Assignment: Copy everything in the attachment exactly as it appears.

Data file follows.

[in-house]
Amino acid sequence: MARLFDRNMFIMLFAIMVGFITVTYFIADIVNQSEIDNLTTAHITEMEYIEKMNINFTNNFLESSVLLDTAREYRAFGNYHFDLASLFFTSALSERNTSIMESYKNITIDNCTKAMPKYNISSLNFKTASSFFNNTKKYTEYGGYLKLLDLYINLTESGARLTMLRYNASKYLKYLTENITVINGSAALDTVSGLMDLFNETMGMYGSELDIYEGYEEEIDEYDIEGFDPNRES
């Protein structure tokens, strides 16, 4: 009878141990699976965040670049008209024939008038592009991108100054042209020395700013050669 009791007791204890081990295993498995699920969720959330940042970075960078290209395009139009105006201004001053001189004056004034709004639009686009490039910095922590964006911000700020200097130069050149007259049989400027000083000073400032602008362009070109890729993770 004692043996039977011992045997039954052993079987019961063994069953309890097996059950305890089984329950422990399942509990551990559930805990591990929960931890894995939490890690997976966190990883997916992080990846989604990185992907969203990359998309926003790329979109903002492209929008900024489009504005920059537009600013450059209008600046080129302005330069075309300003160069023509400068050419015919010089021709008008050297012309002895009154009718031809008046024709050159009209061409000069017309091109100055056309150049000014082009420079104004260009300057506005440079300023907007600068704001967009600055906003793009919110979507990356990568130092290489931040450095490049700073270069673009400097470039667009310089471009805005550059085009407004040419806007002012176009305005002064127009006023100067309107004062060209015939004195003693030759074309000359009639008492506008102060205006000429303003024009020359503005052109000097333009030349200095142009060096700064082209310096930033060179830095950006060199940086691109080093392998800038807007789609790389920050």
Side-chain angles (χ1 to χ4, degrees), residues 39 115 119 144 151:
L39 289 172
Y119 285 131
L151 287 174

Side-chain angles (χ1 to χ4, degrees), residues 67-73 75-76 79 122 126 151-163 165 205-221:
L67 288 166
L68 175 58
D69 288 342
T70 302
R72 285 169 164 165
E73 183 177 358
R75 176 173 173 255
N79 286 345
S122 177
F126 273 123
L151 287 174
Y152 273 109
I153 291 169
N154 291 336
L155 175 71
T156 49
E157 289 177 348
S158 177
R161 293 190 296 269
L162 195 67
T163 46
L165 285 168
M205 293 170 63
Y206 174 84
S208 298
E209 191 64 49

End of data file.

[in-house]
Amino acid sequence: MARLFDRNMFIMLFAIMVGFITVTYFIADIVNQSEIDNLTTAHITEMEYIEKMNINFTNNFLESSVLLDTAREYRAFGNYHFDLASLFFTSALSERNTSIMESYKNITIDNCTKAMPKYNISSLNFKTASSFFNNTKKYTEYGGYLKLLDLYINLTESGARLTMLRYNASKYLKYLTENITVINGSAALDTVSGLMDLFNETMGMYGSELDIYEGYEEEIDEYDIEGFDPNRES
């Protein structure tokens, strides 16, 4: 009878141990699976965040670049008209024939008038592009991108100054042209020395700013050669 009791007791204890081990295993498995699920969720959330940042970075960078290209395009139009105006201004001053001189004056004034709004639009686009490039910095922590964006911000700020200097130069050149007259049989400027000083000073400032602008362009070109890729993770 004692043996039977011992045997039954052993079987019961063994069953309890097996059950305890089984329950422990399942509990551990559930805990591990929960931890894995939490890690997976966190990883997916992080990846989604990185992907969203990359998309926003790329979109903002492209929008900024489009504005920059537009600013450059209008600046080129302005330069075309300003160069023509400068050419015919010089021709008008050297012309002895009154009718031809008046024709050159009209061409000069017309091109100055056309150049000014082009420079104004260009300057506005440079300023907007600068704001967009600055906003793009919110979507990356990568130092290489931040450095490049700073270069673009400097470039667009310089471009805005550059085009407004040419806007002012176009305005002064127009006023100067309107004062060209015939004195003693030759074309000359009639008492506008102060205006000429303003024009020359503005052109000097333009030349200095142009060096700064082209310096930033060179830095950006060199940086691109080093392998800038807007789609790389920050």
Side-chain angles (χ1 to χ4, degrees), residues 39 115 119 144 151:
L39 289 172
Y119 285 131
L151 287 174

Side-chain angles (χ1 to χ4, degrees), residues 67-73 75-76 79 122 126 151-163 165 205-221:
L67 288 166
L68 175 58
D69 288 342
T70 302
R72 285 169 164 165
E73 183 177 358
R75 176 173 173 255
N79 286 345
S122 177
F126 273 123
L151 287 174
Y152 273 109
I153 291 169
N154 291 336
L155 175 71
T156 49
E157 289 177 348
S158 177
R161 293 190 296 269
L162 195 67
T163 46
L165 285 168
M205 293 170 63
Y206 174 84
S208 298
E209 191 64 49